V-series domes and bullets do not feature interchangeable lenses, however they feature a motorized 2.9x zoom lens that can be adjusted remotely.
The V-series models include advanced DEPA functionality. The advanced version of DEPA allows for the analytics to operate independent of back-end VMS support or interaction. Basic DEPA is available in the E and X series, which require some level of back-end VMS support to work.
This mid-tier class of HD cameras, includes 10 models (2 box, 2 bullet, and 6 domes), like the V-series. The E-series features both 720p and 1080p models, mechanical IR cut-filter, interchangeable CS-mount lenses (for box cameras only), and auto back-focus. However, they don't include features such as View-DR (WDR), XDNR (noise reduction), and an alternative AC/DC power option (PoE only). Like the V-series, the E-series offers built-in IR and IP66 domes/bullets. The E-series also excludes two-way audio, on-board storage, and wireless options.
E-series domes and bullets do not feature interchangeable lenses, however they feature a motorized 2.9x zoom lens that can be adjusted remotely.
With the X-series even more features are excluded, such as an IR cut-filter, auto back focus, View-DR (WDR), XDNR (noise reduction), interchangeable lenses, and auxiliary power (PoE only). There are only 6 unique models in this series - 2 box and 2 domes, and 2 vandal domes. The series includes 720p and 1080p HD resolutions. The vandal domes feature an IK10 rating in a discrete 2-1/4" diameter compact form factor.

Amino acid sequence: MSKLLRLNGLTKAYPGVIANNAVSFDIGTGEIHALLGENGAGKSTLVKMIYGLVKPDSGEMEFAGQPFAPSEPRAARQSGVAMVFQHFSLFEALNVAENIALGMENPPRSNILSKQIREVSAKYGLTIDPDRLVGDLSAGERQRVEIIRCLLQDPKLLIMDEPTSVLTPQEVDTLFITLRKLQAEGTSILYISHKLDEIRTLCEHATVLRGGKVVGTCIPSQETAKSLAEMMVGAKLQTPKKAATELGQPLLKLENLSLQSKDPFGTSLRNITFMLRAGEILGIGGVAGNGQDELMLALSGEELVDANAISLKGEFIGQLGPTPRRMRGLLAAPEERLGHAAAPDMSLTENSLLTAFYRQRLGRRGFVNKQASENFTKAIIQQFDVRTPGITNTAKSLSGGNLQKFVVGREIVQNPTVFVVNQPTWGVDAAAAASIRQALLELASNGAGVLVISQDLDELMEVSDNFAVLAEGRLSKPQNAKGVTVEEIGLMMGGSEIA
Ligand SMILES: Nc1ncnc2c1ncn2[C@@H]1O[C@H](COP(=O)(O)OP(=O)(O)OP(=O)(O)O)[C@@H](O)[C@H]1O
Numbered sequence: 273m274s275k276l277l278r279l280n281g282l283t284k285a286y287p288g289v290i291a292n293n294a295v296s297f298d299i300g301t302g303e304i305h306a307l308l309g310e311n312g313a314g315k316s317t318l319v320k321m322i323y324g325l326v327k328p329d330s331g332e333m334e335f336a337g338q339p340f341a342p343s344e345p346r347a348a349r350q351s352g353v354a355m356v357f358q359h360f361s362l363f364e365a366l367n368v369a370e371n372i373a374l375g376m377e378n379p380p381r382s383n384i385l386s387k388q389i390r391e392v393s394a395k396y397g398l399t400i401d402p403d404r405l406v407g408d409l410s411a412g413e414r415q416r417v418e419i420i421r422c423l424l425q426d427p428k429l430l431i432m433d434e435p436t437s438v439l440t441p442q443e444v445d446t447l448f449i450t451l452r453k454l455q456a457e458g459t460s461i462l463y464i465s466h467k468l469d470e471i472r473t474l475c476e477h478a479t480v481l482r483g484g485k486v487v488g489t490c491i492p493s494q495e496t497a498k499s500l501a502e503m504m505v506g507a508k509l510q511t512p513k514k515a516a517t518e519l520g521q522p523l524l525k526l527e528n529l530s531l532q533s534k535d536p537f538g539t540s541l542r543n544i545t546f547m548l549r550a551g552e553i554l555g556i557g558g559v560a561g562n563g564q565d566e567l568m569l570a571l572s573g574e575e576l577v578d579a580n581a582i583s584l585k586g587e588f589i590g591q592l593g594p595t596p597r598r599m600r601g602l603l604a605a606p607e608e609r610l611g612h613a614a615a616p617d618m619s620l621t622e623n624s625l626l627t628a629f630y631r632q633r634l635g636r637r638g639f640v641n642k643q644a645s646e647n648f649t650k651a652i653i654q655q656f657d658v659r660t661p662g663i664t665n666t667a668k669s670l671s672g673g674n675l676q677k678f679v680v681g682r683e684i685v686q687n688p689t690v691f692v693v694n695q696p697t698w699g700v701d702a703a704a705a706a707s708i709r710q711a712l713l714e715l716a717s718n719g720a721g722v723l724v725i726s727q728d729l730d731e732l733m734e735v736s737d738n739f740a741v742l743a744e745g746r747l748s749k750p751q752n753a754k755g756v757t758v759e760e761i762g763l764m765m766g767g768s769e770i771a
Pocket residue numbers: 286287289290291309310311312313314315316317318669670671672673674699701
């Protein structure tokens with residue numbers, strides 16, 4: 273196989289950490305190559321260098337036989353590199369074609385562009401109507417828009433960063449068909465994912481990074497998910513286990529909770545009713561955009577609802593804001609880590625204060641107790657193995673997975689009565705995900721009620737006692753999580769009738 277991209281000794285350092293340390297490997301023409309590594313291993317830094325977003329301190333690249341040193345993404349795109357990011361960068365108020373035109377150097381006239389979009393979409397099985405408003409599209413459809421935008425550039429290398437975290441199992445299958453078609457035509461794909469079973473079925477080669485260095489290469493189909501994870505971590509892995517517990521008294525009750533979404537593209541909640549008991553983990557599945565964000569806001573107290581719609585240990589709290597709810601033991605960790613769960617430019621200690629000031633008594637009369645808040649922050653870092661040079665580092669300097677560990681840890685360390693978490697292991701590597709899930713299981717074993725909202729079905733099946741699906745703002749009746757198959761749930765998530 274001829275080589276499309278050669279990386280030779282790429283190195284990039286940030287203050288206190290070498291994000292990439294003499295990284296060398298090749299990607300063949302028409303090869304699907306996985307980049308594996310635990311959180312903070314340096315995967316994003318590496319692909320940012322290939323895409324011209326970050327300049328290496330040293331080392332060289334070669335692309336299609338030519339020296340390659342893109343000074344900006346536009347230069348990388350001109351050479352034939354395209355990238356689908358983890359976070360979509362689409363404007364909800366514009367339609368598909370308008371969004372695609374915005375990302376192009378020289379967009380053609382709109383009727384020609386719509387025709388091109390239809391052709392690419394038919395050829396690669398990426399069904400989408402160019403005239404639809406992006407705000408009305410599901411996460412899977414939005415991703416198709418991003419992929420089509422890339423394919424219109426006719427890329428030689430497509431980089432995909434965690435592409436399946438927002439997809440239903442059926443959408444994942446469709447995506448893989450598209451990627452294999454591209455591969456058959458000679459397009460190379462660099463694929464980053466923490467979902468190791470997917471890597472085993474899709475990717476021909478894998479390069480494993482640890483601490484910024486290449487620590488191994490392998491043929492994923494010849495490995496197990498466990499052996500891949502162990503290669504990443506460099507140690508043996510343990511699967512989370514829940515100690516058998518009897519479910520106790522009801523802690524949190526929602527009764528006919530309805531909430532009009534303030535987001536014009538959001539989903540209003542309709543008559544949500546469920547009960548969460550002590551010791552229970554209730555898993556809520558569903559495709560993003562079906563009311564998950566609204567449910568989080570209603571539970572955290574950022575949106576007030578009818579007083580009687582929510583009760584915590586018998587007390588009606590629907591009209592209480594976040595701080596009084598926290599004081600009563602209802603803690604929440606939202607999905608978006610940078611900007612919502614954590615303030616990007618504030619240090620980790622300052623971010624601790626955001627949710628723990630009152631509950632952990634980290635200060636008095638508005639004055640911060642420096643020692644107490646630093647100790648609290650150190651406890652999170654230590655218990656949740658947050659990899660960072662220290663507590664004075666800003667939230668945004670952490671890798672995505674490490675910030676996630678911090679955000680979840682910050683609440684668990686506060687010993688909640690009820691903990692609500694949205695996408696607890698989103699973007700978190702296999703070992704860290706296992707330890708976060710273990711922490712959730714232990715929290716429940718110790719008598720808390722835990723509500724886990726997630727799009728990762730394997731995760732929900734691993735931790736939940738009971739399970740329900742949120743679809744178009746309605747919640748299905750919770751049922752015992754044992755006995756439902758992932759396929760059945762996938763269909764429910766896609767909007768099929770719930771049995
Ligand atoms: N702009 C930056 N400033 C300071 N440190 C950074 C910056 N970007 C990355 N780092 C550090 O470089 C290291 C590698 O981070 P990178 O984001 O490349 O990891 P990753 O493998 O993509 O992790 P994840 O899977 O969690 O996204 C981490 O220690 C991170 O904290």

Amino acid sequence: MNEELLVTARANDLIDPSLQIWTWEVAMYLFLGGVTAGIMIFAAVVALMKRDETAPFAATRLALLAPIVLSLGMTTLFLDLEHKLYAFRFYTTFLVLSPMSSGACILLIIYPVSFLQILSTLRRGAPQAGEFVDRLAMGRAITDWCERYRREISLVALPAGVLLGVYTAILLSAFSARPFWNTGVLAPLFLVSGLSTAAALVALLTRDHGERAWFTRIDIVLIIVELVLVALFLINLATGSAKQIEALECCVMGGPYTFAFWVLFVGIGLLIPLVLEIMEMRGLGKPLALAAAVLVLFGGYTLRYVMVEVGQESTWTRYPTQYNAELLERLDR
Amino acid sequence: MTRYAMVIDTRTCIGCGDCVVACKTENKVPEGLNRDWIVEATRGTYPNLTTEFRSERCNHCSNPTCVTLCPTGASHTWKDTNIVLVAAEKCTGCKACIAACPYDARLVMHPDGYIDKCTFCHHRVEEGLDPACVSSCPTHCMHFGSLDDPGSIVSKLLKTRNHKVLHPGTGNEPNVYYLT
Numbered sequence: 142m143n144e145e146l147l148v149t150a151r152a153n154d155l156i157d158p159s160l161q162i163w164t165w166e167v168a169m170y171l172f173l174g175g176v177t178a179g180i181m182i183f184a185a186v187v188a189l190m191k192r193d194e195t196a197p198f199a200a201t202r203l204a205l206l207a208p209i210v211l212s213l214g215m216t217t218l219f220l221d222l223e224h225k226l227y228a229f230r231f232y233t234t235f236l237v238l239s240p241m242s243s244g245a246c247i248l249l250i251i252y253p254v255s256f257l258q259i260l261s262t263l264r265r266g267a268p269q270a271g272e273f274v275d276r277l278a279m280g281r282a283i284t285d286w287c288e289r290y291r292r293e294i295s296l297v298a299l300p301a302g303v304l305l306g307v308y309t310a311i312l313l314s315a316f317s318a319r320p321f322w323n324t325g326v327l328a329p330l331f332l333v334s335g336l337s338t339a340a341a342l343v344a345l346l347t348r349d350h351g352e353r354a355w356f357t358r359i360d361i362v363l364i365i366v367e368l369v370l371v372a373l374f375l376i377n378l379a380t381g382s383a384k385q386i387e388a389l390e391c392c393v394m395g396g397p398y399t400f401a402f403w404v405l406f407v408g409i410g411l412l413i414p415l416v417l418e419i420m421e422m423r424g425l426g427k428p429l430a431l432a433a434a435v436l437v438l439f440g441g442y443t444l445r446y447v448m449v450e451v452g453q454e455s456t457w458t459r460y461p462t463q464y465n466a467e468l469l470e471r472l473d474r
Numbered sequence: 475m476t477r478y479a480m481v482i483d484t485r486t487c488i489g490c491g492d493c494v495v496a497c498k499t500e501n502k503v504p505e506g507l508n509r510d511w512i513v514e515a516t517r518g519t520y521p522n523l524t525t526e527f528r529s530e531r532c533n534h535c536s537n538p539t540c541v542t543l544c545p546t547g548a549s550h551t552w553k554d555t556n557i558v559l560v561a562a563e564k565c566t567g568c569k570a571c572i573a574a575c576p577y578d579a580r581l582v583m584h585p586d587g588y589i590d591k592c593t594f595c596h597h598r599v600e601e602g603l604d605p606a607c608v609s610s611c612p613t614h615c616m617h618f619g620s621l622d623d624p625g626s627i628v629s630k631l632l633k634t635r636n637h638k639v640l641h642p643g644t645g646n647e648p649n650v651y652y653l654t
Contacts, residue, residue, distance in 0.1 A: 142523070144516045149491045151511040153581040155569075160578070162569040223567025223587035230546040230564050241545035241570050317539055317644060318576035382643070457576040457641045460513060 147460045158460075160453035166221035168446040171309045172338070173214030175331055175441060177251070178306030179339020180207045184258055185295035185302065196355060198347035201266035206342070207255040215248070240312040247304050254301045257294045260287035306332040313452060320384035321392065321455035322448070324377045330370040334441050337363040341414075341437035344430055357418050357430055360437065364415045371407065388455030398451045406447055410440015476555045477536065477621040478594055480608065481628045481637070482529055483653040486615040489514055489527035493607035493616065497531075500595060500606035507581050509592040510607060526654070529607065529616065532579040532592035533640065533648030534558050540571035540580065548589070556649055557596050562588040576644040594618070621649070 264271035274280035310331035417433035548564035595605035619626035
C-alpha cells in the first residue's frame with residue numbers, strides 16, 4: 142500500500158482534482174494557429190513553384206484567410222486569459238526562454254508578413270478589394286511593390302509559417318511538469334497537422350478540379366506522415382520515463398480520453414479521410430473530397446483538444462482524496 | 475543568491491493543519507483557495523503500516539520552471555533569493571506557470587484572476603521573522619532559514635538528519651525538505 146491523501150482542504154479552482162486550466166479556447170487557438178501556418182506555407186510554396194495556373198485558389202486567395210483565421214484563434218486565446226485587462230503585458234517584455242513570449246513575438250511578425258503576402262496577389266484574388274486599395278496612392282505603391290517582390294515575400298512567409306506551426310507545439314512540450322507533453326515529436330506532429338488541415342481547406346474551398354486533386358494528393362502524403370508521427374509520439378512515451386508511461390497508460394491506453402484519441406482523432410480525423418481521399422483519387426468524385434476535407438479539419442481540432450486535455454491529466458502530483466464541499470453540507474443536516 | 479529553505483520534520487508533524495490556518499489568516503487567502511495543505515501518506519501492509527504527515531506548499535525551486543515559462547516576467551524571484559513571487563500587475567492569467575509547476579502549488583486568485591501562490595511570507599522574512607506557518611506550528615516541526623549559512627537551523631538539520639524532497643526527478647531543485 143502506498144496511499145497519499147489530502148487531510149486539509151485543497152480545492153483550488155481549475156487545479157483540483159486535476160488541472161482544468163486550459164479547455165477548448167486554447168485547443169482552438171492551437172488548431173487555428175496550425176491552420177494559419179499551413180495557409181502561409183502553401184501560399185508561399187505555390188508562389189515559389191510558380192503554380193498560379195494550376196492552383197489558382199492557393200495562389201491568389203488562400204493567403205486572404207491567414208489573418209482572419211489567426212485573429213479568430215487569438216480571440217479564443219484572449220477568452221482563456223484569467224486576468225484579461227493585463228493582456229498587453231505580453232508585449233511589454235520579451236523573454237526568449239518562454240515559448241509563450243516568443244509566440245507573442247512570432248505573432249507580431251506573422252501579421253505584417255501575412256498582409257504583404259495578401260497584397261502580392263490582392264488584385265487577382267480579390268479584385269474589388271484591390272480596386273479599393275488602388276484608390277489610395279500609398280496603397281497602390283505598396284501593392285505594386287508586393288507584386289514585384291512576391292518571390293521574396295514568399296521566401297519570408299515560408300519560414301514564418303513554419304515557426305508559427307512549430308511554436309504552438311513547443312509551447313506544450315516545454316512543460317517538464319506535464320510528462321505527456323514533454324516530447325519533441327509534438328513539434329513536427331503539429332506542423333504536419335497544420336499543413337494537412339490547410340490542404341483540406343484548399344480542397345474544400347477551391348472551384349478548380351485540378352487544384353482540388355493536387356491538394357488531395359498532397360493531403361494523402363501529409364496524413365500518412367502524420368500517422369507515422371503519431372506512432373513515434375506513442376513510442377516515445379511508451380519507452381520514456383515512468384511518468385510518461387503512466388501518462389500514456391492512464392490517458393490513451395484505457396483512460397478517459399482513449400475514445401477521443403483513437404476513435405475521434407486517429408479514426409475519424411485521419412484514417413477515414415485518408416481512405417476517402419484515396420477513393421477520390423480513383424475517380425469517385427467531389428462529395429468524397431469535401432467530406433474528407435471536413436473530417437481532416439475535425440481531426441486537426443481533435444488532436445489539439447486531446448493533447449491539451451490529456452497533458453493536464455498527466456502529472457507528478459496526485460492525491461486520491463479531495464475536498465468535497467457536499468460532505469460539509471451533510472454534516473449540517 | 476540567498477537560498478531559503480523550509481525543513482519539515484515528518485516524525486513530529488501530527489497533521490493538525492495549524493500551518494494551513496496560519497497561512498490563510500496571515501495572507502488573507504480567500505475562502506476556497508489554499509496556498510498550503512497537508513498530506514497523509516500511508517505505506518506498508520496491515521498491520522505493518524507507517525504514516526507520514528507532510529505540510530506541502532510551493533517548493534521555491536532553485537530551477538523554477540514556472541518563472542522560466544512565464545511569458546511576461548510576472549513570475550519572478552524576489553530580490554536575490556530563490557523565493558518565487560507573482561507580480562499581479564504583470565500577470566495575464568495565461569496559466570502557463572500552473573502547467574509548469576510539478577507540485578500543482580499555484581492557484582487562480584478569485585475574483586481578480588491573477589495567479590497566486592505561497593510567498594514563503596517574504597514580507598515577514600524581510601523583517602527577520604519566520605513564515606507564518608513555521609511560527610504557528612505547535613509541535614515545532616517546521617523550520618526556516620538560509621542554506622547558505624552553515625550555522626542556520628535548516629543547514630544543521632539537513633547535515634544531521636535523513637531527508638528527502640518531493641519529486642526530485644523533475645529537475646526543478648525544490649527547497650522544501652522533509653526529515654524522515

720p / 1.3MP vs 1080p / 3MP
Each of the new generation Sony fixed cameras (the V, E and X models listed above) provide two resolution options - the 100 models (such as the SNC-CH120) support 720p / 1.3MP while the 200 models (such as the SNC-220) support 1080p / 3MP.
For the mid level E and entry level X, the online price premium is about $150 between the lower and higher resolution options. For the high end V series, the online price premium is about $250.
As we examined in our pixel test, unless you are monitoring areas with a FoV wider than 20 feet / 6 meters, 1.3MP is likely sufficient. At this Fov, about 60 pixels per foot is delivered which will provide clear faces and license plates. More pixels (or a higher resolution camera) is likely over-kill. If you have a scene with uneven or strong lighting, it's likely better to consider using a V series cameras for better WDR rather than 'throwing more pixels at it."